There is no better way to go rolling on rough surfaces such as dirt roads, gravel, and trails than to ride on a mountain bike. With built-in suspension and wider, knobbed tires, mountain bikes make it easier to ride on rugged paths. The upright riding position is easier on the back compared to other bike types like utility or road bikes. Below is a mountain bike guide to help you eliminate the daunting process of choosing the bike that best fits you.

  1. Before jumping in to purchase your own mountain bike, consider thinking about what you intend to use your mountain bike for. The type of riding you will be doing will help you aim the skill set you will be targeting within a year. Instead of choosing a bike that is based on your current skill level, try to find a bike that is suitable for the riding level you believably think you will be at in a year’s time.
  2. Choose what type of mountain bike works for you. Do you prefer hardtail or suspension? Hardtails are mechanically simpler, lighter, cheaper, and challenging when dealing with difficult trails. They are great for riding on unvarying UK trail centres and tracks. Full-suspension bikes have better comfort, better handling and grip, and higher downhill speeds. They are great for rocky, steep, technical descents like the ones in Morzine or Lake Garda.
  3. Take into consideration which components such as groupsets (brakes, gears, derailleurs and other moving parts), chain-sets (crank and chainring), and wheelsize will work for you. For example, brakes can either be rim or hub based. Rim brakes are likely to be affected by rain and mud. Hub or disc brakes, on the other hand, offer stronger, accurate and more reliable braking; particularly the hydraulic brakes which run with remarkable efficiency.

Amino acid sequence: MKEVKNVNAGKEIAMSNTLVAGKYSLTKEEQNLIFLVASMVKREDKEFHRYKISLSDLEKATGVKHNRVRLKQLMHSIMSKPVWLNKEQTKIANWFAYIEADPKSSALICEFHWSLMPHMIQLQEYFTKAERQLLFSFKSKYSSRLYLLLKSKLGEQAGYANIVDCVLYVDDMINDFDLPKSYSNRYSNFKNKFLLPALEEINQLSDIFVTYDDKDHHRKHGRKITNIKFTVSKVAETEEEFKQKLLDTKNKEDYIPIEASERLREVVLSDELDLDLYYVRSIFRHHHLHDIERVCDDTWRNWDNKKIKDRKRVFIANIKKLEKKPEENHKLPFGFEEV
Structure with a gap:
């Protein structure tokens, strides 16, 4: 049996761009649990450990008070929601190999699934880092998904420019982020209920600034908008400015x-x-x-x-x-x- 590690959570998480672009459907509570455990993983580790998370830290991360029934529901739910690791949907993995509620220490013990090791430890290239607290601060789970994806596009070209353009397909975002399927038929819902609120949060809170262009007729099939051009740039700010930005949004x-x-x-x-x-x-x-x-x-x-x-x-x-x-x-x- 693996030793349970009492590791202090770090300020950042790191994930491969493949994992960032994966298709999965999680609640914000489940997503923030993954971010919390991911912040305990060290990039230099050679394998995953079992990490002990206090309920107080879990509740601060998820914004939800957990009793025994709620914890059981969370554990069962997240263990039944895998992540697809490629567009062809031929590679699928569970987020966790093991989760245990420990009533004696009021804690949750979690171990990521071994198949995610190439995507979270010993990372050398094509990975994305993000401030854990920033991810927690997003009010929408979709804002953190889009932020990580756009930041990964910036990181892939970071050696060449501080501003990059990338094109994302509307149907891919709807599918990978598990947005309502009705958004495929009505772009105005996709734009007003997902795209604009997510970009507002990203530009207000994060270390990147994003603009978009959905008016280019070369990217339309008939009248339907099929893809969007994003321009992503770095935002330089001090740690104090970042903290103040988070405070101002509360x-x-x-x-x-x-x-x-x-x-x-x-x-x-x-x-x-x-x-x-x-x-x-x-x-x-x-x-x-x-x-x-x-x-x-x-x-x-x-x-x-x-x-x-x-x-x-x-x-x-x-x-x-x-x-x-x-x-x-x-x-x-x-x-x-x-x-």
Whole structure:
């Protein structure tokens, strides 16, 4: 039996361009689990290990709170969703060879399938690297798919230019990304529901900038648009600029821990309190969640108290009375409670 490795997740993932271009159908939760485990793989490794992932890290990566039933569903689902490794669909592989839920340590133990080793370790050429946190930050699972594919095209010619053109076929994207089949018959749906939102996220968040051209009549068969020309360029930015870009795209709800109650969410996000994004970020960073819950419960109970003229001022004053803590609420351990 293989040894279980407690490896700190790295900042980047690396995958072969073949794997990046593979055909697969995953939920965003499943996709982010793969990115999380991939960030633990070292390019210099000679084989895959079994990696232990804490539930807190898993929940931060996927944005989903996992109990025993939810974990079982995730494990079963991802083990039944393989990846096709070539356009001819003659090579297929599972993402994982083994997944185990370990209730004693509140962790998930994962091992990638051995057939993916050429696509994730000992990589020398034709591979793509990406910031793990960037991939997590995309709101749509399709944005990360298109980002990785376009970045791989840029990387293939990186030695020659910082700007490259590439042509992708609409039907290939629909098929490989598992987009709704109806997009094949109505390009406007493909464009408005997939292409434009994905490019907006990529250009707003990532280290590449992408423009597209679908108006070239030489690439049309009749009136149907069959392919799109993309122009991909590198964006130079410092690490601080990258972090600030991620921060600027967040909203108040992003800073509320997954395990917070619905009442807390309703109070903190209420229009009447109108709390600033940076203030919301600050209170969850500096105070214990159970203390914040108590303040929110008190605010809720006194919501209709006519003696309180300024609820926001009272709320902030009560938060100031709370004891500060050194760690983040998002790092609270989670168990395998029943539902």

4. Book yourself to join a demo day. This way you can try as many bikes as you can. You can sign up and pay a small fee. Then, you get to test ride a few bikes on several decent trails. Not only does it give you a chance to spend a great day out, you can also ask as many questions as you want from the staff. They can also help set up the bike for you and aid you along the way.

Mountain Bike Downhill Race

One more thing, purchase the best mountain bike you can afford in a brick and mortar bike shop. If you opt to go for affordable deals online, always remember to find a bike that fits you best. It is not just about specs, frames, brakes, suspensions, or wheels. Everything still boils down to finding a bike that allows you to appreciate the outdoors, improve your health, and enjoy the ride. Remember, this is just a mountain bike guide to help you select the right bike for you.

Below is a video to help you in knowing the different types of mountain bikes and the difference between full suspension and front suspension. By knowing these, you have a good idea on what factors to look for when selecting the right mountain bike for you.